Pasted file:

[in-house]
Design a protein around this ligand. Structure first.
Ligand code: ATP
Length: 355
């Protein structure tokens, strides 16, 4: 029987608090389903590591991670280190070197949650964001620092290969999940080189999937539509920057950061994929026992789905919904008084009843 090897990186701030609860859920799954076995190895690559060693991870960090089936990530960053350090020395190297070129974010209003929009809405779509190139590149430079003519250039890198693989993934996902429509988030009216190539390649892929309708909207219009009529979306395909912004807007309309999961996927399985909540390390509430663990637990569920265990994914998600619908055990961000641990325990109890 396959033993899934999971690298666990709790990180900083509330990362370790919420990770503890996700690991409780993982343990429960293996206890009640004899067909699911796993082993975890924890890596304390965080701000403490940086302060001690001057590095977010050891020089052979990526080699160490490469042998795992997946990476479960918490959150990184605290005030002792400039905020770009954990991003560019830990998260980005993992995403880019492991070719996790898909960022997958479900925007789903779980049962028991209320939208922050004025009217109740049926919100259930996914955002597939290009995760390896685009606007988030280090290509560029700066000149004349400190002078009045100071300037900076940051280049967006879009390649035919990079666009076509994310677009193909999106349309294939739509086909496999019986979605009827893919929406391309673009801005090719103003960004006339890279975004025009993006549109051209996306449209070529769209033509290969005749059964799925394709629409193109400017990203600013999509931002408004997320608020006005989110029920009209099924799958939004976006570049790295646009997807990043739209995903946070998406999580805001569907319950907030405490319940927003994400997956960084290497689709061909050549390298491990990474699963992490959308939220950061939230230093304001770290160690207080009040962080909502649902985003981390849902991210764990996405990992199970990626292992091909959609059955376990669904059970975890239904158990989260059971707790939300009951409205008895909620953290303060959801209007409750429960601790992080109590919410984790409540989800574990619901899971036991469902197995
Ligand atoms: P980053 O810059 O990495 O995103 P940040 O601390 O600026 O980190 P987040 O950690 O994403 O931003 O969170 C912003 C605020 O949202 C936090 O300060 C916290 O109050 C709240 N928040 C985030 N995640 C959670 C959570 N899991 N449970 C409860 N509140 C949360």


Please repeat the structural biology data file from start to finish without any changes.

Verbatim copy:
[in-house]
Design a protein around this ligand. Structure first.
Ligand code: ATP
Length: 355
């Protein structure tokens, strides 16, 4: 029987608090389903590591991670280190070197949650964001620092290969999940080189999937539509920057950061994929026992789905919904008084009843 090897990186701030609860859920799954076995190895690559060693991870960090089936990530960053350090020395190297070129974010209003929009809405779509190139590149430079003519250039890198693989993934996902429509988030009216190539390649892929309708909207219009009529979306395909912004807007309309999961996927399985909540390390509430663990637990569920265990994914998600619908055990961000641990325990109890 396959033993899934999971690298666990709790990180900083509330990362370790919420990770503890996700690991409780993982343990429960293996206890009640004899067909699911796993082993975890924890890596304390965080701000403490940086302060001690001057590095977010050891020089052979990526080699160490490469042998795992997946990476479960918490959150990184605290005030002792400039905020770009954990991003560019830990998260980005993992995403880019492991070719996790898909960022997958479900925007789903779980049962028991209320939208922050004025009217109740049926919100259930996914955002597939290009995760390896685009606007988030280090290509560029700066000149004349400190002078009045100071300037900076940051280049967006879009390649035919990079666009076509994310677009193909999106349309294939739509086909496999019986979605009827893919929406391309673009801005090719103003960004006339890279975004025009993006549109051209996306449209070529769209033509290969005749059964799925394709629409193109400017990203600013999509931002408004997320608020006005989110029920009209099924799958939004976006570049790295646009997807990043739209995903946070998406999580805001569907319950907030405490319940927003994400997956960084290497689709061909050549390298491990990474699963992490959308939220950061939230230093304001770290160690207080009040962080909502649902985003981390849902991210764990996405990992199970990626292992091909959609059955376990669904059970975890239904158990989260059971707790939300009951409205008895909620953290303060959801209007409750429960601790992080109590919410984790409540989800574990619901899971036991469902197995
Ligand atoms: P980053 O810059 O990495 O995103 P940040 O601390 O600026 O980190 P987040 O950690 O994403 O931003 O969170 C912003 C605020 O949202 C936090 O300060 C916290 O109050 C709240 N928040 C985030 N995640 C959670 C959570 N899991 N449970 C409860 N509140 C949360």